Print subscribers please click here to create your digital access account
Bear-proof trash coming to area parks; Dog-park plans; Strategic plan; and Salary survey
This item is available in full to subscribers.
If you're a print subscriber, but do not yet have an online account, click here to create one.
Click here to see your options for becoming a subscriber.
If you made a voluntary contribution in 2021-2022, but do not yet have an online account, click here to create one at no additional charge. VIP Digital Access includes access to all websites and online content.
Bear-proof trash coming to area parks
Evergreen’s Bear Aware and the Evergreen Park & Recreation District have received a $67,000 grant to purchase bear-proof trash cans for area parks.
In addition, some of the grant money will be used to provide bear awareness training for homeowners associations, according to Liz Cohen, EPRD’s grants and development coordinator.
Priority areas for the trash cans will be at Evergreen Lake and at Kittredge Park, where bears have been actively getting into trash cans, Executive Director Cory Vander Veen said at the July 26 EPRD board meeting.
Any traditional trash cans that are still usable will be refurbished and repainted, and donated to other groups.
Plans for creating an off-leash dog park in Evergreen are moving forward, according to Don Rosenthal, Evergreen Park & Recreation District board president.
He told the EPRD board on July 26 in the next two months he hopes EPRD will host a public meeting to tell the community where the dog-park location will be with a broad outline of how it will operate, noting he expects the public to have varying opinions on the plan.
He said he has been meeting with Friends of Evergreen Dog Park to work on a plan.
Evergreen Park & Recreation District staff members are working on potential scenarios that the board can use to create a strategic plan.
The plan will be what the board is calling “fast and light,” intending to create a blueprint for both new projects and maintaining existing facilities, and the public will be included in the process.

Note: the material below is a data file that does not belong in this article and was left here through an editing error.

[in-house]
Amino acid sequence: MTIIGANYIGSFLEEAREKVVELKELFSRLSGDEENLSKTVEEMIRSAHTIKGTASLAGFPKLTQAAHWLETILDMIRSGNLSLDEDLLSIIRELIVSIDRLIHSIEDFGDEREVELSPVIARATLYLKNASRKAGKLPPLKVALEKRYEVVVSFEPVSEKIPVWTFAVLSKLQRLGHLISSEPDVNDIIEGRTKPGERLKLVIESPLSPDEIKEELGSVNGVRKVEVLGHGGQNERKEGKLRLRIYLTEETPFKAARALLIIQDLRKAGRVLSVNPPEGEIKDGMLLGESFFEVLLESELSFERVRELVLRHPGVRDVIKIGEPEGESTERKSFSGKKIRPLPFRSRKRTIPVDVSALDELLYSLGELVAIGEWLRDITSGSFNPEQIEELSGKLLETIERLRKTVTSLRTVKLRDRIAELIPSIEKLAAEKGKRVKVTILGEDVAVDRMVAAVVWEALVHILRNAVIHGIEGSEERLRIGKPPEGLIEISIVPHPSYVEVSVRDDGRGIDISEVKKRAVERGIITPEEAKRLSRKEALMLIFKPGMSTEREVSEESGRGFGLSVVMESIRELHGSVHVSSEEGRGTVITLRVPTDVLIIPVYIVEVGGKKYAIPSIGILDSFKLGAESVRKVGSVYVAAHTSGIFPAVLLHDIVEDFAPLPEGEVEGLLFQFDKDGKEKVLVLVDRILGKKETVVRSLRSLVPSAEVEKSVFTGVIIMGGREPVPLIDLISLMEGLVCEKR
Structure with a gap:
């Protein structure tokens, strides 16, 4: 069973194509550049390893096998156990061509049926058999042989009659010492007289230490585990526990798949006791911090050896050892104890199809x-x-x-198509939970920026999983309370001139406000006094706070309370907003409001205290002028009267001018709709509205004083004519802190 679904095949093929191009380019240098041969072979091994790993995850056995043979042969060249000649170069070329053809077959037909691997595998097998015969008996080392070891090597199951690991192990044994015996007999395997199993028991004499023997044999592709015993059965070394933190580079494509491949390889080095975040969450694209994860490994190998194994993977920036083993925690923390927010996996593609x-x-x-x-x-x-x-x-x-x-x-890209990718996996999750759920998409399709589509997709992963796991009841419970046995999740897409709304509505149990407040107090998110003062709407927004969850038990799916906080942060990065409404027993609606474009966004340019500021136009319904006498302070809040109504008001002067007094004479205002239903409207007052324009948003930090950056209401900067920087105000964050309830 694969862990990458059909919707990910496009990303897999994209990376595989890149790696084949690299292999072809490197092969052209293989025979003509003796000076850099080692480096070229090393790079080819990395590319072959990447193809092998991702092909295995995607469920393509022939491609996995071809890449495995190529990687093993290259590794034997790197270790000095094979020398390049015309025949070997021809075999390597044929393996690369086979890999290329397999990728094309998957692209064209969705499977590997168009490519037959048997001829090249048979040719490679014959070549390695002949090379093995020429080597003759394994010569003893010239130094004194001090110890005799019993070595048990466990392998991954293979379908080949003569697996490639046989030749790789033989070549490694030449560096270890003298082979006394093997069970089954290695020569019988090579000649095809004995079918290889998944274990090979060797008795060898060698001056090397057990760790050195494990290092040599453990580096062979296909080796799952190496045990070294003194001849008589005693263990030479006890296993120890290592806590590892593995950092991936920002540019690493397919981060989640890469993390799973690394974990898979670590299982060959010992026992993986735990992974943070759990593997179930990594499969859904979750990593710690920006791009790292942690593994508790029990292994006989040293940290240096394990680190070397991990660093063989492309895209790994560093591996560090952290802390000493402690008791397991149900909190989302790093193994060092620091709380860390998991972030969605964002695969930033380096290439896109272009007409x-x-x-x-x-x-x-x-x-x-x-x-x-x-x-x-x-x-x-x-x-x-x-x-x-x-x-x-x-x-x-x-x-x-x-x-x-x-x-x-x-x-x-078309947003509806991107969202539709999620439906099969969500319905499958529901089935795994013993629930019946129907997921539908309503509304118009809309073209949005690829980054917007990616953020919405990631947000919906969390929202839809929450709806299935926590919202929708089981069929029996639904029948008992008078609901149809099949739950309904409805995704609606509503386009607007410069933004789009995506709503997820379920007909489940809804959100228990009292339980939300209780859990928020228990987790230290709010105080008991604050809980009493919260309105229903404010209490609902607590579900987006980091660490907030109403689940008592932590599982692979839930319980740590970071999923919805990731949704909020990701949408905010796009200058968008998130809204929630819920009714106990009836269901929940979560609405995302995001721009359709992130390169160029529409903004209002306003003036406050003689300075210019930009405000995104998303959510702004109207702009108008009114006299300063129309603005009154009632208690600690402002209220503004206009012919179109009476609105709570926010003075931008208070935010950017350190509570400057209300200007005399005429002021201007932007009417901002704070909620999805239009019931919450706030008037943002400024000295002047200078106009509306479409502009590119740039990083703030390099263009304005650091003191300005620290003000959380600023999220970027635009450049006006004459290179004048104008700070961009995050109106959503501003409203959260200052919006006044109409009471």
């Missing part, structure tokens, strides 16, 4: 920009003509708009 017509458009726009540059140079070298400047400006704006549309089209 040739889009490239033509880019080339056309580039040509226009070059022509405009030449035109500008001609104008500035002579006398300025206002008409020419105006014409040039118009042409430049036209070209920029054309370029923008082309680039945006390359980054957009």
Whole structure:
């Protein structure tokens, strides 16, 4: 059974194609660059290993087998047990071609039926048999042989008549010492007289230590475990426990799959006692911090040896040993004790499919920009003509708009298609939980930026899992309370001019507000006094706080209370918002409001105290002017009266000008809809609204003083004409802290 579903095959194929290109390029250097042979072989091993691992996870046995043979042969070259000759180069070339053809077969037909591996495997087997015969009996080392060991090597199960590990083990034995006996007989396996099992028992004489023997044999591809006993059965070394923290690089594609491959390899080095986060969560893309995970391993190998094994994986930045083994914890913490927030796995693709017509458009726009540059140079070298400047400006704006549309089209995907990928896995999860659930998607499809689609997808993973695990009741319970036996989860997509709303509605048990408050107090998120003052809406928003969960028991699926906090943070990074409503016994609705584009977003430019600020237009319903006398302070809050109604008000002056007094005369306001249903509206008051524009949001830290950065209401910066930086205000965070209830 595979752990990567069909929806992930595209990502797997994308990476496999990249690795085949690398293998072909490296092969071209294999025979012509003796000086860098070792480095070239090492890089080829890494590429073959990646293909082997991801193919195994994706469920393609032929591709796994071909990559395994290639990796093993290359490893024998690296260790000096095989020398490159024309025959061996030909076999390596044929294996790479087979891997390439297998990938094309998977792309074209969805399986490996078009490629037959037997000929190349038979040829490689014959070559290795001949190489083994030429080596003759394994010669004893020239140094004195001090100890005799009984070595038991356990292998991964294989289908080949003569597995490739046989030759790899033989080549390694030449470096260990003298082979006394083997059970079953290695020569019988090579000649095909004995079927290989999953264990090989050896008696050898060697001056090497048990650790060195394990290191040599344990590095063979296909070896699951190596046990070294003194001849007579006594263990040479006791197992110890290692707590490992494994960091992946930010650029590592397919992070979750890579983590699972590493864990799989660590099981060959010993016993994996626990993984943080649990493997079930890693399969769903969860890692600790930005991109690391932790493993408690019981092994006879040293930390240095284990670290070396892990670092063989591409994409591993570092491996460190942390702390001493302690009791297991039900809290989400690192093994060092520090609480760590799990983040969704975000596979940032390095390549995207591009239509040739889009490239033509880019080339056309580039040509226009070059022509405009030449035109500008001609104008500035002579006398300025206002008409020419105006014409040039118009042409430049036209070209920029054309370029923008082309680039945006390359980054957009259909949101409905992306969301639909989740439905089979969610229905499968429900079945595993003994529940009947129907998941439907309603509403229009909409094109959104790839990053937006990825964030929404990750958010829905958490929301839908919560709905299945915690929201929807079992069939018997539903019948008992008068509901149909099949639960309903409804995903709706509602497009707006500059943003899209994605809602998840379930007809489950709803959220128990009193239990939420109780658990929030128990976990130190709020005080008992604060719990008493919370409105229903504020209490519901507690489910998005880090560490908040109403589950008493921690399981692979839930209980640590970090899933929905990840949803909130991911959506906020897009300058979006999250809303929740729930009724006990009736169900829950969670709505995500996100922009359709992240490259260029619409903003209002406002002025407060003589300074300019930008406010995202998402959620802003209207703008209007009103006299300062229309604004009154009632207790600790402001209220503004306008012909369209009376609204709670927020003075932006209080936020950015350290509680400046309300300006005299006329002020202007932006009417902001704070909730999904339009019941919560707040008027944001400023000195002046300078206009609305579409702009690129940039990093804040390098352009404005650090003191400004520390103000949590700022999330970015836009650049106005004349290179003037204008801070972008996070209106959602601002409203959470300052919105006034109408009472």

“Cory (Vander Veen) and I had a chance to discuss envisioning your planning process and some of the elements that you want to see in the process, including robust community engagement, cost analysis (of potential projects), something to support a potential bond and what we are calling an implementation plan,” said Liz Cohen, EPRD’s grants and development coordinator, at the July 26 EPRD board meeting.
She said she wants to ensure that board members agree on the approach to create the plan, including how much it will cost for a survey of district residents.
Board members hope they can get a grant to help pay for costs associated with the strategic plan.
Heather Facer, the Evergreen Park & Recreation District’s human resources manager, is doing a salary survey to see how much other recreation districts pay their employees.
The salary survey is done every three years, and Facer is comparing positions, salaries and benefits with the Edwards, Apex, Golden and Clear Creek rec districts. The survey also will look at what the other districts charge for annual passes and fees.
Facer told the EPRD board on July 26 that she planned to have the study done in time for the Aug. 23 board meeting, noting that district officials would need the information as it moves through the budget process for 2023.
She said EPRD’s wages typically lag behind other districts, and EPRD has difficulty filling some positions. Ideally, she added, it would be beneficial if raises were tied to the Consumer Price Index.
Board members agreed that they would look closely at salary increases, especially with the current economic climate and inflation, though they doubted they could increase salaries equal to the CPI, which is at about 9%.
“With the high level of inflation, realistically we can’t do a 9% pay increase,” Executive Director Cory Vander Veen said. “From a district perspective, we can’t keep up with that. Ultimately, this expense will have to come from somewhere such as user fees or something else.”
Vander Veen said looking at other rec districts’ organizational charts and position descriptions will help EPRD look at how it is structured to see if changes would make more sense for the district.
Other items that may interest you
We have noticed you are using an ad blocking plugin in your browser.
The revenue we receive from our advertisers helps make this site possible. We request you whitelist our site.